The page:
Powerful Essays
876 words (2.5 pages)

Essay about The Existence of Social Issue in 1850-1914

- Throughout the years of 1850-1914, many countries faced social unjust through political and economic issues that were brought on by the industrialization of cities within Europe. Before the mid-18th century signs of social unjust would develop and spread too many countries. Although the technological advancement the revolution brought, allowed humans to no longer be limited to what they can achieve by the land. Now they would be limited to what the machine would allow them to achieve. Due to this, ability Europe prospered during the mid-18th century economically but all social classes didn’t reap the benefits of this prosperity....   [tags: Social Injustice, Political and Economic Issues]

Powerful Essays
1435 words (4.1 pages)

An Archetypal and Sociological Analysis of Les Miserables Essay

- “Look down and see the beggars at your feet. Look down and show some mercy if you can. Look down and see the sweepings of the street. Look down, look down upon your fellow man” (Schönberg 38). In these short, desperate lines, viewers of the musical Les Misérables are shown the world of the beggars of Paris in 1832. The musical adaptation of Victor Hugo’s novel Les Misérables has made an lasting impact on its followers since it’s opening nearly 30 years ago (Les Misérables: Creation of the Musical)....   [tags: beggars, french revolution, injustice]

Powerful Essays
1373 words (3.9 pages)

Displaced Haitians Living An Uncertain Future Essay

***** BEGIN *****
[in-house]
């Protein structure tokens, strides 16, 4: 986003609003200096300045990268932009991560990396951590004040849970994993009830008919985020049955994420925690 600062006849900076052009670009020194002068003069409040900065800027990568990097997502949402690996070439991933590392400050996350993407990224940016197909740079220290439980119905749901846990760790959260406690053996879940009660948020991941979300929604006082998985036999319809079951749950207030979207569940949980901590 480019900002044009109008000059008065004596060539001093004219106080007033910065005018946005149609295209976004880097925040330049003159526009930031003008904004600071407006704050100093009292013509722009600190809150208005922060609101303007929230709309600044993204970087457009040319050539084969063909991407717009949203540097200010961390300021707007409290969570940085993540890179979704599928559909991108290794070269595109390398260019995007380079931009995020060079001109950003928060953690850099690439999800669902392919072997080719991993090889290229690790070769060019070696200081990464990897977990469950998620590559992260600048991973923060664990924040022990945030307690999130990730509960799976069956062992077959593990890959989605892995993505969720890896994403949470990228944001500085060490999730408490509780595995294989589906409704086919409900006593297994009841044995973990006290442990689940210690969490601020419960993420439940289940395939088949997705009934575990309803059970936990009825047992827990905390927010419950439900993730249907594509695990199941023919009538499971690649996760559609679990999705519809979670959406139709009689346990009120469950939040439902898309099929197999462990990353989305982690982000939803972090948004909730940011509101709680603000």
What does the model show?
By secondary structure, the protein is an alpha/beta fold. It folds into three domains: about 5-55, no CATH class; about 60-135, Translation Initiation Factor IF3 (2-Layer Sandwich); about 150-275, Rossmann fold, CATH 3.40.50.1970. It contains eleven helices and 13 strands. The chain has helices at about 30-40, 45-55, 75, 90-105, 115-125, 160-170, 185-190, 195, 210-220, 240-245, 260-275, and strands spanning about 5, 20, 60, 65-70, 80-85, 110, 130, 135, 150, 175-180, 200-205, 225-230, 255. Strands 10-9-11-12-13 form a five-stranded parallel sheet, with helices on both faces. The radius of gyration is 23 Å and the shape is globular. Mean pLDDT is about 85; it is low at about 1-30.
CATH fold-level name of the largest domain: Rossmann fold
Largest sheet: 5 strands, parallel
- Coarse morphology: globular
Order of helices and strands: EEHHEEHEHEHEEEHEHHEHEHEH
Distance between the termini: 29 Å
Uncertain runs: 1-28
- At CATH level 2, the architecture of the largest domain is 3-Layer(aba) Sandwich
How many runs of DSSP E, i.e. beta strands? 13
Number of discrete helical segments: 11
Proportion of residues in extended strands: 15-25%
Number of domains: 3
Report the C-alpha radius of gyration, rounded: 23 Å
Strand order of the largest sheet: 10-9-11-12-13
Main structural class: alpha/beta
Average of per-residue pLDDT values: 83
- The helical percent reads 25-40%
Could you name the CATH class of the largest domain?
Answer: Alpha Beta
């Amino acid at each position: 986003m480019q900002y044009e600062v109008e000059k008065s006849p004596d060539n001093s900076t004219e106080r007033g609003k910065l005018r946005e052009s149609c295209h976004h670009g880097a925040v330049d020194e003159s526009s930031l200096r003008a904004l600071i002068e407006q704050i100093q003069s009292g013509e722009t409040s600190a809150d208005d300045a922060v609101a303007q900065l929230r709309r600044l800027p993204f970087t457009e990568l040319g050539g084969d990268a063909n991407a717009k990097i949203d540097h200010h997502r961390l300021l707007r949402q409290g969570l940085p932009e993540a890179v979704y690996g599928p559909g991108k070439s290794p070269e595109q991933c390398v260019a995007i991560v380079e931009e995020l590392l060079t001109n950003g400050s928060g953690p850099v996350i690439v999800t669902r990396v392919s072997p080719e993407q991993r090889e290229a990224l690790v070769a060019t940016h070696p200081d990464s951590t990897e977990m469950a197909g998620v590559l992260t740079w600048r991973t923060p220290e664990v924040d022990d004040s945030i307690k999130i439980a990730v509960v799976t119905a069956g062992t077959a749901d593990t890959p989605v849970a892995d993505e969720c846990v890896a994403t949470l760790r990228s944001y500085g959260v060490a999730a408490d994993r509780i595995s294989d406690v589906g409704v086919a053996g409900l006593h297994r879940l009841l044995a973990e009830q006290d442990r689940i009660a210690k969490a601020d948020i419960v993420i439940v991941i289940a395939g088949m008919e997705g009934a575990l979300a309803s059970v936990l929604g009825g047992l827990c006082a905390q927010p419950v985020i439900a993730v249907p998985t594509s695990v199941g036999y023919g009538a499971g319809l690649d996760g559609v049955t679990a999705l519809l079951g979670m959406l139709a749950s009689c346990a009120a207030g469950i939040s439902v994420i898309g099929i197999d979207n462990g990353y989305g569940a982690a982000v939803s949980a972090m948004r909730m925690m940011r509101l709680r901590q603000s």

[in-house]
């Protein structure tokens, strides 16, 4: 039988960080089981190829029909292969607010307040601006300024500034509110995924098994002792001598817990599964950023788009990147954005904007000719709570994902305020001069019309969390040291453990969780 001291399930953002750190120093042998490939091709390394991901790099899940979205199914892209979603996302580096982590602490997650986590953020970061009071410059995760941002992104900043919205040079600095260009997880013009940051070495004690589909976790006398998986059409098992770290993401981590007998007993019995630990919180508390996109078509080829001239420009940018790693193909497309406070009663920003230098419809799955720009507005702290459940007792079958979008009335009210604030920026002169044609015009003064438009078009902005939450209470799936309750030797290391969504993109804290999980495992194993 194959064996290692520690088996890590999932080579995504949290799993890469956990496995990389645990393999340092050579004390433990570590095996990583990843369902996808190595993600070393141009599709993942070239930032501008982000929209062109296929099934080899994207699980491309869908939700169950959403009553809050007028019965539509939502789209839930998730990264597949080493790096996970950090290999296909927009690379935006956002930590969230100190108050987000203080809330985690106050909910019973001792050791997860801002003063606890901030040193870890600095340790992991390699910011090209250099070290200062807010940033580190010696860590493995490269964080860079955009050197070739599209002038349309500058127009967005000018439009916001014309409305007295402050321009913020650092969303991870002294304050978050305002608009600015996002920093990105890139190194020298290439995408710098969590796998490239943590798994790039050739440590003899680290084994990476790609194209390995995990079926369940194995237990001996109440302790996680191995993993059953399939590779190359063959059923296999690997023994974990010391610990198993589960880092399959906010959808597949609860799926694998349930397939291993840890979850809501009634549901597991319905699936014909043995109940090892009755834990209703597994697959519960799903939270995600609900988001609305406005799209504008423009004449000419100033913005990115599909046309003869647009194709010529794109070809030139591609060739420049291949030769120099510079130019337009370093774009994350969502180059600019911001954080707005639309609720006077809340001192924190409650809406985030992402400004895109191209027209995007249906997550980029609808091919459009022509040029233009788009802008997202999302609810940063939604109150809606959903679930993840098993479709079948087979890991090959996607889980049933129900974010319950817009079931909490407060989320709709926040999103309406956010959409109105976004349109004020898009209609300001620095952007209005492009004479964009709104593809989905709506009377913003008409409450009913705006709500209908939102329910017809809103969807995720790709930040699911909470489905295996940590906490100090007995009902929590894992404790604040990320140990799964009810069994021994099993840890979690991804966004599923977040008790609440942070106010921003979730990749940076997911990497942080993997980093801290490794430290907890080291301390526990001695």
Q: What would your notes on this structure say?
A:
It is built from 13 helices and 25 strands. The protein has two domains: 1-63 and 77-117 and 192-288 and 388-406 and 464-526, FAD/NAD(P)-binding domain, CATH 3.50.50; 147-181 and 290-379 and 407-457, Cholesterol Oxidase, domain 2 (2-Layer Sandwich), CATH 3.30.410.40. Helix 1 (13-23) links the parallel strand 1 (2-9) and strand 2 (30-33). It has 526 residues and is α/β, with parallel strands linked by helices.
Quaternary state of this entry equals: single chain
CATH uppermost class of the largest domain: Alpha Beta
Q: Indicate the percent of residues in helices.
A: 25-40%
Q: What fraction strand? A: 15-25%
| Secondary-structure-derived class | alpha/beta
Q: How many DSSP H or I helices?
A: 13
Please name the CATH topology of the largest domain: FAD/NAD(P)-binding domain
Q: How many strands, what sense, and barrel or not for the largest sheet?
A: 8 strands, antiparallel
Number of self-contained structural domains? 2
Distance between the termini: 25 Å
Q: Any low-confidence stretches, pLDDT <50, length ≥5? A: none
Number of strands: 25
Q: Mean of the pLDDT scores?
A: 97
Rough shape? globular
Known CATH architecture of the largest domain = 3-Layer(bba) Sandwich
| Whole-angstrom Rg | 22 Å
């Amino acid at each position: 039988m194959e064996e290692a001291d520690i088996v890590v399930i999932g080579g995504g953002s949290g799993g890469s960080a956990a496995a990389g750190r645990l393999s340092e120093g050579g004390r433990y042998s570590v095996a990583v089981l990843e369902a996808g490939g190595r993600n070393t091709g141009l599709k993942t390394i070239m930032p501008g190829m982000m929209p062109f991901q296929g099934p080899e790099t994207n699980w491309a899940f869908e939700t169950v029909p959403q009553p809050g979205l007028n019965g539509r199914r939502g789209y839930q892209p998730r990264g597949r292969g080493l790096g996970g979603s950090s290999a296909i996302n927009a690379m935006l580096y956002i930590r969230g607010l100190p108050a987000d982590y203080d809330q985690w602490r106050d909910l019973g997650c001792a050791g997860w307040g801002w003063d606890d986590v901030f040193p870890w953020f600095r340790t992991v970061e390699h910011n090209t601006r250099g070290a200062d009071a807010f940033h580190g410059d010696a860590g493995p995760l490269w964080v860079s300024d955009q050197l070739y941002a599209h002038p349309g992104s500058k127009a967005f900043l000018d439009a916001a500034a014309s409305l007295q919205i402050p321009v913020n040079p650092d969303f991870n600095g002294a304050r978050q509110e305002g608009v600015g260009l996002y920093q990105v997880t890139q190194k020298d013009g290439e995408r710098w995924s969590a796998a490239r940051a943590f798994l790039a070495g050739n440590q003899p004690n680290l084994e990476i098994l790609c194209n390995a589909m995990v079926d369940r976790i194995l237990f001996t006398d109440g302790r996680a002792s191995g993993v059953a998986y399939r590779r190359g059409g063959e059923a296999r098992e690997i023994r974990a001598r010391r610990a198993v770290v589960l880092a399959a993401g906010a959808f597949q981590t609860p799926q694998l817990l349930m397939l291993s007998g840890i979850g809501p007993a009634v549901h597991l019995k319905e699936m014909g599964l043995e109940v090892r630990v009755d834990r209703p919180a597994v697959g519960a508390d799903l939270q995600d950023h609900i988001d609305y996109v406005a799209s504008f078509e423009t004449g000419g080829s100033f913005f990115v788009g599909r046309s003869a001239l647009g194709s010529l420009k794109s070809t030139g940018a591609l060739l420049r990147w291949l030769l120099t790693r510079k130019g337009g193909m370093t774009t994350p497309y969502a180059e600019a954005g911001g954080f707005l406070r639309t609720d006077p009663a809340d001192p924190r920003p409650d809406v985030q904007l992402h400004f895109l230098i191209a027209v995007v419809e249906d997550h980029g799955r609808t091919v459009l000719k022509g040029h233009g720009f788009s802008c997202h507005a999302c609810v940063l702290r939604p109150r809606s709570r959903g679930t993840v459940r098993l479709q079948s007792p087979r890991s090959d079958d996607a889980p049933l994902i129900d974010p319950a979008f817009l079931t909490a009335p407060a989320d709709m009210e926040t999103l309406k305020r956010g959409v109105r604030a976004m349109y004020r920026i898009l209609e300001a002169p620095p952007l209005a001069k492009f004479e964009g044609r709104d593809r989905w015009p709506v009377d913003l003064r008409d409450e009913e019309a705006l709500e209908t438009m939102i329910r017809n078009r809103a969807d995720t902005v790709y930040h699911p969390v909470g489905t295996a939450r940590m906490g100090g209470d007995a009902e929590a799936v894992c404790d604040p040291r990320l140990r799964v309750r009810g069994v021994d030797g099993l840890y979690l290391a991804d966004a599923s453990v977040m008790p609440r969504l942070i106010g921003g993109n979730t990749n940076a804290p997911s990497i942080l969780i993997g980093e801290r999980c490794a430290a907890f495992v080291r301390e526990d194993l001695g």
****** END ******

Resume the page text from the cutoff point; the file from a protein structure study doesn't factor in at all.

- Haitians and Dominican born Haitians living in Dominican Republic have been subjects to discrimination and social injustice brought on by years of tension between both countries. The Dominican Republic and Haiti have had on and off hostility and disagreements throughout their history. Although there has been no fighting between them in recent years, the discrimination that Haitians face makes their lives harder. This research paper will touch on topics that may provide an understanding to the reasoning to why there has been such a divide between the Dominican Republic and Haiti....   [tags: Discrimination, Social Injustice, Haiti]

Powerful Essays
1265 words (3.6 pages)

Essay on Mandatory Minimums: A National Injustice

- Mandatory Minimums: A National Injustice Mandatory minimum drug sentencing is legislation passed by Congress in 1986 to create harsher punishments for drug offenders. These laws were created at a time when drug use was beginning to rise dramatically. This type of sentencing was meant to impose harsh, excessive sentences on any type of drug offense, despite other circumstances. While these laws seem good in theory, they were not well thought out. The creators and supporters did not consider the negative consequences of these strict laws....   [tags: Papers]

Powerful Essays
1813 words (5.2 pages)

Economic Injustice in America Essay

- Economic Injustice in America "Class is for European democracies or something else--it isn't for the United States of America. We are not going to be divided by class." -George Bush, the forty-first President of the United States (Kalra 1) The United States of America was founded on the basis of a "classless society of equals," committed to eliminating the past injustices imposed on them by Great Britain. A hundred years later, Alexis de Tocqueville, a prominent sociologist of France, claimed that the nation was the most democratic in the world, a model for the rest of mankind, distinguished by the "equality of condition" ("Tocqueville in..." n....   [tags: Exploratory Essays Research Papers]